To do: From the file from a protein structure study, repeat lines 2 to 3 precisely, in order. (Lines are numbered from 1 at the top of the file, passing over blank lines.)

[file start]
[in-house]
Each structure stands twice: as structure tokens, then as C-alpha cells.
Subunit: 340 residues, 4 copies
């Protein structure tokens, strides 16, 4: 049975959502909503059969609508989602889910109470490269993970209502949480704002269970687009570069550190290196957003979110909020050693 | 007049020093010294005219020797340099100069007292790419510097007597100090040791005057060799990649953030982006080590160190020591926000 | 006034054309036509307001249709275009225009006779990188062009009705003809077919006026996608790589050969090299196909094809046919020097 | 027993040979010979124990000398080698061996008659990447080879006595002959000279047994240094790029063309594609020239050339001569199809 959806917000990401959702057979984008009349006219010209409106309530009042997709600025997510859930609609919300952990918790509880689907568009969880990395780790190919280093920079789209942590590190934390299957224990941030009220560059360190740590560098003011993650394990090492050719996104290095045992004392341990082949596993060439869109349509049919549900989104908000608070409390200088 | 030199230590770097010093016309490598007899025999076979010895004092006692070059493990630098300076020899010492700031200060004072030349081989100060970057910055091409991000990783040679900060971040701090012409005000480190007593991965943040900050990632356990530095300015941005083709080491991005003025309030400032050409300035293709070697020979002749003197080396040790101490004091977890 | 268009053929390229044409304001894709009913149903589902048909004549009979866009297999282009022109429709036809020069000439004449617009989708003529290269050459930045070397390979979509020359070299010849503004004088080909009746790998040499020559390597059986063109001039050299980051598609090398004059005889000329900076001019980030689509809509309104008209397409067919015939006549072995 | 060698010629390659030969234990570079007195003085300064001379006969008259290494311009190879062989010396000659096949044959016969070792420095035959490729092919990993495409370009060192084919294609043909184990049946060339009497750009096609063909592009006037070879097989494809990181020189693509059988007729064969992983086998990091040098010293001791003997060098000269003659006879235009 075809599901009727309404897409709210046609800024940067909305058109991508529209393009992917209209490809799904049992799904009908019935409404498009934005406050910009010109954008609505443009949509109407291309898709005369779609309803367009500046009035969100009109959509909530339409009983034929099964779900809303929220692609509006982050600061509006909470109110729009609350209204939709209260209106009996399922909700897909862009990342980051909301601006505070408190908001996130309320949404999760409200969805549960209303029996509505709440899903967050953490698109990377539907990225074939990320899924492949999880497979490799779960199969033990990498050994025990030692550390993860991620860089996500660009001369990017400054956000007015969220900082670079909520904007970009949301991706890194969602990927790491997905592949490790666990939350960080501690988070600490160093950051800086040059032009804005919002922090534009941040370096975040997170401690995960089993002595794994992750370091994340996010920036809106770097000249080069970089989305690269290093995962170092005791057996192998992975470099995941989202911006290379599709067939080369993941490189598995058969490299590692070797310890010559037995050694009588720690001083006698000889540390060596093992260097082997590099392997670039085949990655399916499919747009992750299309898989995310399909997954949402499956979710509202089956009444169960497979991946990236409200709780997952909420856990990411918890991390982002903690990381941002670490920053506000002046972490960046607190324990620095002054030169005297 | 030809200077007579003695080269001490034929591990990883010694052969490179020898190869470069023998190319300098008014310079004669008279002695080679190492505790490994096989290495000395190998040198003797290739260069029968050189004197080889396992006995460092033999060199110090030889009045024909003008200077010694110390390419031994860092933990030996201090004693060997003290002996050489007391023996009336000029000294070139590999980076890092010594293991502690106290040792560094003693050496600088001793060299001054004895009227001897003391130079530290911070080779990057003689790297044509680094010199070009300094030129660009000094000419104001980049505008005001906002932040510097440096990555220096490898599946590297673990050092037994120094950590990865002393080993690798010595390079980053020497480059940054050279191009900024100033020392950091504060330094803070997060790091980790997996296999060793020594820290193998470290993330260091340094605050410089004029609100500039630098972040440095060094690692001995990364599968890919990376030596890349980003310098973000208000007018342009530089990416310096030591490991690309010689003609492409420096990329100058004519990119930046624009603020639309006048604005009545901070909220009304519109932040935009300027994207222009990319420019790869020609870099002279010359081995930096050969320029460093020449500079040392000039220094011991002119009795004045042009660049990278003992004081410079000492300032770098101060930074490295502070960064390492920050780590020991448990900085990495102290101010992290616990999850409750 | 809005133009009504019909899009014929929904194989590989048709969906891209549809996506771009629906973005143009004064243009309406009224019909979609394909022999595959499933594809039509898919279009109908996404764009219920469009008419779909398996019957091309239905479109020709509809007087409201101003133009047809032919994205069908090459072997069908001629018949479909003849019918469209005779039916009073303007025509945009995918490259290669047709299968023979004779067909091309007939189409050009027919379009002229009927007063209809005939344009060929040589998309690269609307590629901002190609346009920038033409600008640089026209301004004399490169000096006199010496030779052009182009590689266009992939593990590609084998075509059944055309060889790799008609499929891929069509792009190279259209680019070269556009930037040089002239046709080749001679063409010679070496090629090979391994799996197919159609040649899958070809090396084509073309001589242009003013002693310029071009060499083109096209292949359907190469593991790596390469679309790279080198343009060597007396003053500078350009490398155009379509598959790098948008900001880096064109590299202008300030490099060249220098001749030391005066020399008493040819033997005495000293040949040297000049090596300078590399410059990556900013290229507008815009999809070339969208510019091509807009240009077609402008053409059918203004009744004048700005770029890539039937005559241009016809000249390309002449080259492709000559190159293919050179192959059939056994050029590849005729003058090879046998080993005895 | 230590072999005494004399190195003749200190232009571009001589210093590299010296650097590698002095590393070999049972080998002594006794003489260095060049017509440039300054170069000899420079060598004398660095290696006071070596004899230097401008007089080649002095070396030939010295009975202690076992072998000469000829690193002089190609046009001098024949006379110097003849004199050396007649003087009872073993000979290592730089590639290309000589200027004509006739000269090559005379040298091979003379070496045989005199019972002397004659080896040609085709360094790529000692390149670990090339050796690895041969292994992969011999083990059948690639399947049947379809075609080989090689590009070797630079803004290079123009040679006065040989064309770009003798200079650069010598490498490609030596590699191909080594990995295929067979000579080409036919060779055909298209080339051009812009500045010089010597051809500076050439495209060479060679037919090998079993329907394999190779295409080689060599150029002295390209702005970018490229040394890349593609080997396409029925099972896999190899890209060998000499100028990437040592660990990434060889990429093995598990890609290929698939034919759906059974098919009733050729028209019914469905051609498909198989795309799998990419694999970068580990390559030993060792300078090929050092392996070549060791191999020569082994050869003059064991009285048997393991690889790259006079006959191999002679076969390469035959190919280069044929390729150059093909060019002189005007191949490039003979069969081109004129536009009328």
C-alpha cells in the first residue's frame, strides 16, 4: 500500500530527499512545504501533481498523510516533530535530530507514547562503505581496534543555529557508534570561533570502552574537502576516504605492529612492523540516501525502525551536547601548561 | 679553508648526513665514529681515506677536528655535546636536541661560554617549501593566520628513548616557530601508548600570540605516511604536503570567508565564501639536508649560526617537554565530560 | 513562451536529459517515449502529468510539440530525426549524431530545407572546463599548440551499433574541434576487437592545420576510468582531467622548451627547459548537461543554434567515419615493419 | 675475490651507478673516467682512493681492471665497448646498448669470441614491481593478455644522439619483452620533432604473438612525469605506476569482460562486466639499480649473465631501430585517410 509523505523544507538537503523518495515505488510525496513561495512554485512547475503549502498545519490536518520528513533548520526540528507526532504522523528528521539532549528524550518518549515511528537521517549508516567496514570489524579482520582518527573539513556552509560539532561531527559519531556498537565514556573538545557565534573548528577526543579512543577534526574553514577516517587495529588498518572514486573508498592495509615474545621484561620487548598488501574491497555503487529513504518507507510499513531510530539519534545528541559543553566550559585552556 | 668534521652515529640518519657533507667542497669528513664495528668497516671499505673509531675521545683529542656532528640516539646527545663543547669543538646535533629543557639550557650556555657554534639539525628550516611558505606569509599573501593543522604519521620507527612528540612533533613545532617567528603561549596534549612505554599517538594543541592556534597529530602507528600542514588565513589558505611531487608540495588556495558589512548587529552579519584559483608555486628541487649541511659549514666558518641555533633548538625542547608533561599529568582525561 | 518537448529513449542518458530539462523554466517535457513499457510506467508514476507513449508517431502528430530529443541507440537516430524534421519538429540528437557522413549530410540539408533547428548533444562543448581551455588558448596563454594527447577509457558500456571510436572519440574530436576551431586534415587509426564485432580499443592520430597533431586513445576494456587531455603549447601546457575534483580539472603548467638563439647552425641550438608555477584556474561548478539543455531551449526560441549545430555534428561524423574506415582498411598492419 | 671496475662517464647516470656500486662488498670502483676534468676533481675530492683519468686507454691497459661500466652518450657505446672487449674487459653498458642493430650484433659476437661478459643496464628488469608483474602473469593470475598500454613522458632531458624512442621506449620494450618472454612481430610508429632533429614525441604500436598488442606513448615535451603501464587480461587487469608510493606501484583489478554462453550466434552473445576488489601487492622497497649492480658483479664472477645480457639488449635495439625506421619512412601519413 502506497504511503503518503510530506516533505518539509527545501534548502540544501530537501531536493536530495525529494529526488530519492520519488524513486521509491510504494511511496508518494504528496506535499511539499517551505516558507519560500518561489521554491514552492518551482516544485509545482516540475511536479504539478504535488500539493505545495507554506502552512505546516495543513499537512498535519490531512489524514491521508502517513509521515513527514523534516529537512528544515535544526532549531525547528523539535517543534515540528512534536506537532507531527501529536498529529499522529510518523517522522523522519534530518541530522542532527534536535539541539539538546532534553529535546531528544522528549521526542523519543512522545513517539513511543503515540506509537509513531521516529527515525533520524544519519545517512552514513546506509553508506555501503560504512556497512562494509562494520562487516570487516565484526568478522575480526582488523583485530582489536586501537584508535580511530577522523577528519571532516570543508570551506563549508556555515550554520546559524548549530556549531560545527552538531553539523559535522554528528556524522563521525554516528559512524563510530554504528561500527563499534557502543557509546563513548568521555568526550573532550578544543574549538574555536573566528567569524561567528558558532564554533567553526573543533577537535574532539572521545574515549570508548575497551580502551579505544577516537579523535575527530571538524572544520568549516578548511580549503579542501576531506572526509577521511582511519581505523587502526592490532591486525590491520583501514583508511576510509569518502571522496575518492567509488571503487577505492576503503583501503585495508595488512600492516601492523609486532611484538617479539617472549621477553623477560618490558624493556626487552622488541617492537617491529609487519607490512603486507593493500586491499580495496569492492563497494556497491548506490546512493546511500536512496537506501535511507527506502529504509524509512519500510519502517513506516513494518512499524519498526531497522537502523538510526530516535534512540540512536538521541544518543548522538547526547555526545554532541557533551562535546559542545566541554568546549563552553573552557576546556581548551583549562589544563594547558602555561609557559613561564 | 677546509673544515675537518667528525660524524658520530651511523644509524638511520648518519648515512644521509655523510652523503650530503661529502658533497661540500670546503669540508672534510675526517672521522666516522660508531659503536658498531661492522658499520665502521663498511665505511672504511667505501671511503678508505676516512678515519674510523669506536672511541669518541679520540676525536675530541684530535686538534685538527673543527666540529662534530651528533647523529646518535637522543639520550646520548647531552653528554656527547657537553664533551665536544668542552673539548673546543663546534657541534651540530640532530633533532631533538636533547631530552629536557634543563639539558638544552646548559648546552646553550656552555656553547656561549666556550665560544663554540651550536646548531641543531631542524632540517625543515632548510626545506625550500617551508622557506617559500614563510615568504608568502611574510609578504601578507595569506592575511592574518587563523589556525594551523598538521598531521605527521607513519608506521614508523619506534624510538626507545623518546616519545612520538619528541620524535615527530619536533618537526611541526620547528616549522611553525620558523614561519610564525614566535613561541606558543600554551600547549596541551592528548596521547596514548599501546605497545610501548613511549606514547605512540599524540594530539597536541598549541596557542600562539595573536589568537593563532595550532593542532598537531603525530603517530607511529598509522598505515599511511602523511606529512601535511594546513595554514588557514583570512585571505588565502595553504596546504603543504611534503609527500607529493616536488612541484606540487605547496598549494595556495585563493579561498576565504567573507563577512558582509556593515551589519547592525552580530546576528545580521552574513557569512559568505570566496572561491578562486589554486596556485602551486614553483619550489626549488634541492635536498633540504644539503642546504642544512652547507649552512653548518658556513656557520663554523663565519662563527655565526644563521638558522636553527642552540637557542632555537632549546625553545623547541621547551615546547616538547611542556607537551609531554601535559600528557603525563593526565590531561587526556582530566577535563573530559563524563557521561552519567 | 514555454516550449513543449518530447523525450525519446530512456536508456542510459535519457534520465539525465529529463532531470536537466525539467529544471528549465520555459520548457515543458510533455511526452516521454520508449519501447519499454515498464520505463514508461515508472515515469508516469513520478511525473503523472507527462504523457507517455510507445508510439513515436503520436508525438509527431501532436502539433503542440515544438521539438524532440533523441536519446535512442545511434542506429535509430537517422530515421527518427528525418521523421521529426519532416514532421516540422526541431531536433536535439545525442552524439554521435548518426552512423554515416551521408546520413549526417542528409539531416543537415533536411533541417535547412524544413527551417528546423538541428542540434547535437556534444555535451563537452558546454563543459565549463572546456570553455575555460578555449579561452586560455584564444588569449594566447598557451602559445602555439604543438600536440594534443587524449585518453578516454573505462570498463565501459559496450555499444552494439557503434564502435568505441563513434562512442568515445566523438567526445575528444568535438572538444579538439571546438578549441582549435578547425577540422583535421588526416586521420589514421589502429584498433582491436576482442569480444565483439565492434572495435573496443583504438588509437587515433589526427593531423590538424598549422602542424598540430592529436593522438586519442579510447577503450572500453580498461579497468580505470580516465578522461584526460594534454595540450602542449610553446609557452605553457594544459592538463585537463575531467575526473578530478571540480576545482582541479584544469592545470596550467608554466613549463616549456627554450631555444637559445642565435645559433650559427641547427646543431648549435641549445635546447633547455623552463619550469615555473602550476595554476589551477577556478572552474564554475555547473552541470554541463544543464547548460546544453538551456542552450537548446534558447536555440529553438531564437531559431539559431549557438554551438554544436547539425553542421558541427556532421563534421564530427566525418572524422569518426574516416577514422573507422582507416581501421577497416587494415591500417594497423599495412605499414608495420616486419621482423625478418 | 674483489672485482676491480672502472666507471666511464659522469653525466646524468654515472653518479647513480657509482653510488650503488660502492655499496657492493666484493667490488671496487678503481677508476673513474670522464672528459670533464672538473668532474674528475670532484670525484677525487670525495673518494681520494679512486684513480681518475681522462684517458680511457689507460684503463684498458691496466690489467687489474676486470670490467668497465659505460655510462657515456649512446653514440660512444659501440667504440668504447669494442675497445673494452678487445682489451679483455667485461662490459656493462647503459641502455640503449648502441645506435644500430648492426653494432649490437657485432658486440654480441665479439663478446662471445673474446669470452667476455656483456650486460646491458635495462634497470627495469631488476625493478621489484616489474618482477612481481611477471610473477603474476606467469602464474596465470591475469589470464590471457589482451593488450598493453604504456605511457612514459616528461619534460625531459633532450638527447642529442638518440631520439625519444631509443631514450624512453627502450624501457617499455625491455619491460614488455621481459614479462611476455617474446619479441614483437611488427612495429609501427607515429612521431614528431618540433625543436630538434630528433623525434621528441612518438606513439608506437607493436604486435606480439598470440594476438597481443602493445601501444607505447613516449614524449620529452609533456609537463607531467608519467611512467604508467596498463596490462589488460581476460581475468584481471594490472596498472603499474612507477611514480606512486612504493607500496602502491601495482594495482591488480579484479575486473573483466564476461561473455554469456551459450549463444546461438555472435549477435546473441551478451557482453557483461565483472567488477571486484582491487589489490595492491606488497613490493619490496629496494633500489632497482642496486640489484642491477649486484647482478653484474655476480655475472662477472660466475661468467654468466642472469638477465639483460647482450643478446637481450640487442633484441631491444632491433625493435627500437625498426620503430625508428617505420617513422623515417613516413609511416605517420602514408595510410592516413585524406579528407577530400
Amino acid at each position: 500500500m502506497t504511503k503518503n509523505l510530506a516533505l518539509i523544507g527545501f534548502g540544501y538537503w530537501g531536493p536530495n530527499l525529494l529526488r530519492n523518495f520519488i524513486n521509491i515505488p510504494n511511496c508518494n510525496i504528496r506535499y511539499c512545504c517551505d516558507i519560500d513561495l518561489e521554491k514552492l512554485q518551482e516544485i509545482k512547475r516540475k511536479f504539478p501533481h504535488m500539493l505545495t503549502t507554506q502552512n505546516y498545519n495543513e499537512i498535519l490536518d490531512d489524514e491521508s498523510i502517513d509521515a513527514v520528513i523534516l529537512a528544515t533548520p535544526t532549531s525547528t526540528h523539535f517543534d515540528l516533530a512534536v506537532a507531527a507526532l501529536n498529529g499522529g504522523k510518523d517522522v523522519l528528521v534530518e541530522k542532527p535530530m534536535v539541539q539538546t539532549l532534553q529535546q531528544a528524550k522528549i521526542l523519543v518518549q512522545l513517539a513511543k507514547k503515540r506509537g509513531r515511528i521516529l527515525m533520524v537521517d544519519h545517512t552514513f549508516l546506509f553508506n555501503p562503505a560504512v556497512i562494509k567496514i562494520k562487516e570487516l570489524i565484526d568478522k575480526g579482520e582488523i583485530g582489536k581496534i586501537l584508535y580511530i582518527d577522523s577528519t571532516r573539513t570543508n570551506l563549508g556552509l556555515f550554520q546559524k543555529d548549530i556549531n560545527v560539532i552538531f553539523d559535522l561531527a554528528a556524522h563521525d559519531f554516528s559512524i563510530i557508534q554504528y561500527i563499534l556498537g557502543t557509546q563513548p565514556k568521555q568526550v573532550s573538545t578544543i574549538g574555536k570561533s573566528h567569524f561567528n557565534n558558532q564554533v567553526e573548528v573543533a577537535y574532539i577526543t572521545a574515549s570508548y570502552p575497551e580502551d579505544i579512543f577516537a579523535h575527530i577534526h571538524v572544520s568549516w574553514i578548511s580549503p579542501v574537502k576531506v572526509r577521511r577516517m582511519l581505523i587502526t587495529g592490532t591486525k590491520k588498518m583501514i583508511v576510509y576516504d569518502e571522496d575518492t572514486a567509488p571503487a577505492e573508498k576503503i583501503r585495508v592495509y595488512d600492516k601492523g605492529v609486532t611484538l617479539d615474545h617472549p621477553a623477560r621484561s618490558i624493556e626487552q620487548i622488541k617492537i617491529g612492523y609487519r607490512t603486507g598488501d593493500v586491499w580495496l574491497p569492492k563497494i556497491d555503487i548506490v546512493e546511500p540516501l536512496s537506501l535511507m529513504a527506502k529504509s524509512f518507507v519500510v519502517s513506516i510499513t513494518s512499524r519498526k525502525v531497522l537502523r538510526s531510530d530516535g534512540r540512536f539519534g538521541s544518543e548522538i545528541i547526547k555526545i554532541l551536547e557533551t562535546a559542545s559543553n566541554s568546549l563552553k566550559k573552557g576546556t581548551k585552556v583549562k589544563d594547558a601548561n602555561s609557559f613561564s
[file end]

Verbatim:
Each structure stands twice: as structure tokens, then as C-alpha cells.
Subunit: 340 residues, 4 copies